Sustaining Economic Development and the Value of Economic Production: Different Views and Difficult Problems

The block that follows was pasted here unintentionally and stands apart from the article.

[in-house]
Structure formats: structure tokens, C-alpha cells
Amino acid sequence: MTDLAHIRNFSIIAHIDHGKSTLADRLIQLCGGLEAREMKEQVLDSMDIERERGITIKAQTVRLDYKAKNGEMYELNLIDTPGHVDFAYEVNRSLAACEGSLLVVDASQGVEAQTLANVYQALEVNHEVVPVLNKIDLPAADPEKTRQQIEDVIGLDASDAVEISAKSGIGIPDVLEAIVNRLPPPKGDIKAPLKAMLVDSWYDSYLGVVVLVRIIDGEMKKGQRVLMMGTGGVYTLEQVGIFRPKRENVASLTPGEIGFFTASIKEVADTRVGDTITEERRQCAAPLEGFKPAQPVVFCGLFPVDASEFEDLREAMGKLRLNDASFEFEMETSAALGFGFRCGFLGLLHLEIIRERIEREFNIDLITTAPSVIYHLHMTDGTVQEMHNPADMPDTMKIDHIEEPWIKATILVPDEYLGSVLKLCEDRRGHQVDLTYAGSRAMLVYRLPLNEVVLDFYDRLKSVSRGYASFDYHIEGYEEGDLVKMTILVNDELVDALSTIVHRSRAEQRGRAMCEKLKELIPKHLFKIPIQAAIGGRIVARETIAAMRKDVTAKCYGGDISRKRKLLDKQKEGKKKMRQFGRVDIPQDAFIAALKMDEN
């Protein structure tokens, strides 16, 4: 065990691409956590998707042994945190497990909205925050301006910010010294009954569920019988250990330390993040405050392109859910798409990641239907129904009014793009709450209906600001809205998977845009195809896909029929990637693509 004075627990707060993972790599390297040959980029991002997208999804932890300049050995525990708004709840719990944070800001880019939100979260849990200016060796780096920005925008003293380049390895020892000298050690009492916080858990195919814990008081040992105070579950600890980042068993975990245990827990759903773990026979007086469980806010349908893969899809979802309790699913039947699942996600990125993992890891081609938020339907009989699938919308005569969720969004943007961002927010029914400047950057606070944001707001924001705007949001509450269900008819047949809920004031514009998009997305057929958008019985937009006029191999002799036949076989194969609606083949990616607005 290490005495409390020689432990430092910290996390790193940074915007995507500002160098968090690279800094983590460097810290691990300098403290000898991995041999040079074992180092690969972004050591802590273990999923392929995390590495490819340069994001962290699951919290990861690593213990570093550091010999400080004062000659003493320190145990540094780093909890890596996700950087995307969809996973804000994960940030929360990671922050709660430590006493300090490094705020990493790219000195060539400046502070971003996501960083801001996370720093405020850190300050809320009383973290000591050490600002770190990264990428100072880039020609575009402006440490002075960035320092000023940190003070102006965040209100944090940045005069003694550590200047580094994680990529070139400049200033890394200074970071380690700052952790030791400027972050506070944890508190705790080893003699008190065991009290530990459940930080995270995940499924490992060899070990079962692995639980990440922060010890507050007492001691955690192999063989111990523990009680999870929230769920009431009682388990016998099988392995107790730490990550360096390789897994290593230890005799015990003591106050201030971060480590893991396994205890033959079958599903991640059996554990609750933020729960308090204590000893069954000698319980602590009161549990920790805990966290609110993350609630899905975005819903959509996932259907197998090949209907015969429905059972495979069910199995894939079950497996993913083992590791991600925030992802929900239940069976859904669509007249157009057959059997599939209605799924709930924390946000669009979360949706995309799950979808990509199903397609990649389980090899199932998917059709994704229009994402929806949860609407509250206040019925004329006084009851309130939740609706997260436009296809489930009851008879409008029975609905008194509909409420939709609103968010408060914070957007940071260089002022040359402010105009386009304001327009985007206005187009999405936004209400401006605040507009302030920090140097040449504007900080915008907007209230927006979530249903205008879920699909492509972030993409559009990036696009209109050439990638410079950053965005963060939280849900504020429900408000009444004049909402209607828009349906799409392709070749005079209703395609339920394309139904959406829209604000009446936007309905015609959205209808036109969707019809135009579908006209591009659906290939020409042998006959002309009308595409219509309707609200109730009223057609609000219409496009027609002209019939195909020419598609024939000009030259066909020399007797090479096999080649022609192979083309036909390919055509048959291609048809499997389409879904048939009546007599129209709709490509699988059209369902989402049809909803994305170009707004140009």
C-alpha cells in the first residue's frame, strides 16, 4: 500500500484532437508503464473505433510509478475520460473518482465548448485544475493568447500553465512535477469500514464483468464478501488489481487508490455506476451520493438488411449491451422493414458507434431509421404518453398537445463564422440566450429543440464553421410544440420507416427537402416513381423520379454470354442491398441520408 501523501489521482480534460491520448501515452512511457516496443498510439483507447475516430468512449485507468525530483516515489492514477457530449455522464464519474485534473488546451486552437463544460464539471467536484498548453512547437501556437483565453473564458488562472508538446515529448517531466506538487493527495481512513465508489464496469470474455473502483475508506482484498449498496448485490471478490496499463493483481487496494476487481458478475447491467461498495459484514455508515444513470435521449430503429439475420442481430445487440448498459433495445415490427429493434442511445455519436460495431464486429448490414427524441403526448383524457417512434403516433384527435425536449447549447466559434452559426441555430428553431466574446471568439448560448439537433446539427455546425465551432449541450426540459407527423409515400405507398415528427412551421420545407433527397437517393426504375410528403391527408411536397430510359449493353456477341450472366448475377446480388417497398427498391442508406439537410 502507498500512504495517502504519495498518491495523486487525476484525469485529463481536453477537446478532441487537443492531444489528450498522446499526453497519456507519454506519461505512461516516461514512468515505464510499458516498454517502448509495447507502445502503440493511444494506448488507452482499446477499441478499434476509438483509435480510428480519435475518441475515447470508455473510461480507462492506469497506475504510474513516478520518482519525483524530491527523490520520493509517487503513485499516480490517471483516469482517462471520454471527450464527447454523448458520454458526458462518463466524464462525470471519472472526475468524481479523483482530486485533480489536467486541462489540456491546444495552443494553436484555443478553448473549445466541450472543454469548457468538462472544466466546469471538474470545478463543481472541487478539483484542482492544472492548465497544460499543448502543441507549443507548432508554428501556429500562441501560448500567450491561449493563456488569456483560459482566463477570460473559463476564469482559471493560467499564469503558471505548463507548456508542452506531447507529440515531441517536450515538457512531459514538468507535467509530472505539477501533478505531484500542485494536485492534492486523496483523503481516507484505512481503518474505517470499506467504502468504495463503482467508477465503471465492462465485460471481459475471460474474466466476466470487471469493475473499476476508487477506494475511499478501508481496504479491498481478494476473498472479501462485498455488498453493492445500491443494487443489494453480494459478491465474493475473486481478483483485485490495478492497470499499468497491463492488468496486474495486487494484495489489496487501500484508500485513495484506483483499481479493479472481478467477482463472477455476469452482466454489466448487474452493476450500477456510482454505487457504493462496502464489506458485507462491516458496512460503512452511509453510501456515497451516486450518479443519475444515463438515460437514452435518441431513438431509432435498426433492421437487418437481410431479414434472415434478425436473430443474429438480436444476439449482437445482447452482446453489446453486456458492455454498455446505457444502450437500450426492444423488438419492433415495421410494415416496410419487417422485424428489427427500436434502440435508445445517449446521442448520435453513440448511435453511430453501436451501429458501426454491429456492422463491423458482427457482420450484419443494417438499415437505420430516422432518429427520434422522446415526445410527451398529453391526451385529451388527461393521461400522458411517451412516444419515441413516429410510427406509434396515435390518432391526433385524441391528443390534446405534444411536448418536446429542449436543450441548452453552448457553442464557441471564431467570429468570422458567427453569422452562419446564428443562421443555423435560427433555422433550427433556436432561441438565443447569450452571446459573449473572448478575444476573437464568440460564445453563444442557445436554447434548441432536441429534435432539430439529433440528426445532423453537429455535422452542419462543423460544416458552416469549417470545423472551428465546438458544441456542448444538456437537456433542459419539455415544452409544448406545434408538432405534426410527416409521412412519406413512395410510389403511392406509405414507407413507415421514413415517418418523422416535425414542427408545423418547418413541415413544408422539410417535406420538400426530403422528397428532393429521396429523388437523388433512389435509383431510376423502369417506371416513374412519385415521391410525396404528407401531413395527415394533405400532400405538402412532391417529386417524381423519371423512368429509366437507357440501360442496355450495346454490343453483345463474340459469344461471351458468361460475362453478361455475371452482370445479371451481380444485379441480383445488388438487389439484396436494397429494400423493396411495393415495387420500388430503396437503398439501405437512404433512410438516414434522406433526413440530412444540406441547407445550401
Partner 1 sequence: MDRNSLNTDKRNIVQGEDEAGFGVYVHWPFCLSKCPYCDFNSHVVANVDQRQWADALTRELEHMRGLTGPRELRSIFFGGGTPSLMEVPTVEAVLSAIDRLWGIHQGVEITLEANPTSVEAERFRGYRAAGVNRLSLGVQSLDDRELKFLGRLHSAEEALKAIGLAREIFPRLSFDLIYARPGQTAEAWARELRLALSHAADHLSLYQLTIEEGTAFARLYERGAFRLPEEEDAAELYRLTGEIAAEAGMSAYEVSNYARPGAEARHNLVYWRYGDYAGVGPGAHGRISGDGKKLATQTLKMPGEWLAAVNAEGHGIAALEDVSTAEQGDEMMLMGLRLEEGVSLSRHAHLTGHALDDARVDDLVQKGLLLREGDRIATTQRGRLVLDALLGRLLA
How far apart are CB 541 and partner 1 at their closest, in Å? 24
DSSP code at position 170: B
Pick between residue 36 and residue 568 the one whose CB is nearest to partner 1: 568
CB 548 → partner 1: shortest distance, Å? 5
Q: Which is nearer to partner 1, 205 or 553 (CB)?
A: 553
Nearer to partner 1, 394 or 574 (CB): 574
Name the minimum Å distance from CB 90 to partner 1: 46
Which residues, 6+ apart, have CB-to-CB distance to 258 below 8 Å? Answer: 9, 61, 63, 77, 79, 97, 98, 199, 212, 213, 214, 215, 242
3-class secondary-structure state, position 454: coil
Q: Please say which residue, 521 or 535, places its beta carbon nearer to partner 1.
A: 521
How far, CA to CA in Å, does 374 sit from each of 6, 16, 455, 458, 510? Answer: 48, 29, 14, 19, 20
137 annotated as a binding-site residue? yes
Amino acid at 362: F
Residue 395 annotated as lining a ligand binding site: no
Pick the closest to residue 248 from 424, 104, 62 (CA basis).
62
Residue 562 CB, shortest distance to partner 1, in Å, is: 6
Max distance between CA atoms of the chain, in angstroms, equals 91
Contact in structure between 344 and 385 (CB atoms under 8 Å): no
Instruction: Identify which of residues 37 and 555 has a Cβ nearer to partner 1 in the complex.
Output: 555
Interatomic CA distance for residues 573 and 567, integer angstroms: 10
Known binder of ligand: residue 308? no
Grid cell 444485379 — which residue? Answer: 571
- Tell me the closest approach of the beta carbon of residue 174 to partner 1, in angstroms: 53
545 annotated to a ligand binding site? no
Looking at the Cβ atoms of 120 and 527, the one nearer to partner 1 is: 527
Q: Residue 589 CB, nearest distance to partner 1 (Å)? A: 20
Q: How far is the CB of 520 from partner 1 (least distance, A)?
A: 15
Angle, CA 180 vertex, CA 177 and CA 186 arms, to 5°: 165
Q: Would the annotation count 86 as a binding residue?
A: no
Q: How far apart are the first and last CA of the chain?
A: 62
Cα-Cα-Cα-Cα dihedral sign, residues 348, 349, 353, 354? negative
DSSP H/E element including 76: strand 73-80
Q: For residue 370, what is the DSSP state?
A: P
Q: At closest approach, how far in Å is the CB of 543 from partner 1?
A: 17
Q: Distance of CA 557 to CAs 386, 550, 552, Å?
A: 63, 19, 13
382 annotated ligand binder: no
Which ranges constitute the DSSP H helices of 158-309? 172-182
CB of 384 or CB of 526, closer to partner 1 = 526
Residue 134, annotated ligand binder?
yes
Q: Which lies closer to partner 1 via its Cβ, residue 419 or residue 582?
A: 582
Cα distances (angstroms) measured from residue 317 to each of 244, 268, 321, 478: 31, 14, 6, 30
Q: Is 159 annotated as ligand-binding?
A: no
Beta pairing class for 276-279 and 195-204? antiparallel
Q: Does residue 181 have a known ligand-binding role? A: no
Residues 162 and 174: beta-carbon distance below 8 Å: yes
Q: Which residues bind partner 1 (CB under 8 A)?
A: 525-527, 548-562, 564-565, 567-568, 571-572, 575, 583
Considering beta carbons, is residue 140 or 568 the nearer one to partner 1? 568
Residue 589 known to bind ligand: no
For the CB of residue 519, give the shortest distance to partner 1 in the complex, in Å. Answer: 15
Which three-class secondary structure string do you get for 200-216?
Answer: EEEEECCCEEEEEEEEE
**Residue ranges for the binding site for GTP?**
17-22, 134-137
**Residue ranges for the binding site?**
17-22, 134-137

Indicates some of the different concepts of sustainable economic development and raises queries about how much present generations are concerned with future generations. A variety of conditions (ranging from very weak to very strong) have been suggested for achieving sustainable development. These are outlined. The prospect that the accumulation of man-made capital may result in unsustainable economic development is discussed and the welfare consequences of the conversion of natural capital are considered in a historical context. This leads on to a discussion of different types of capital: man-made and natural. Division of the total stock of capital into these categories is now common. However, there appears to be a gap because heritage capital (for example, varieties of crops and animals developed by human interference in nature) do not fit well into this framework. Some reasons why economic production may not be maintained or maximised are considered. They include the presence of externalities, open access to resources and the presence of public goods and bads. It is pointed out that it is undesirable to sustain everything, including all industries. While it might seem appealing to seek sustainable strategies that satisfy multiple criteria (such as economic viability, political and social acceptability and ecological sustainability), it is possible that such strategies rarely exist, if at all.
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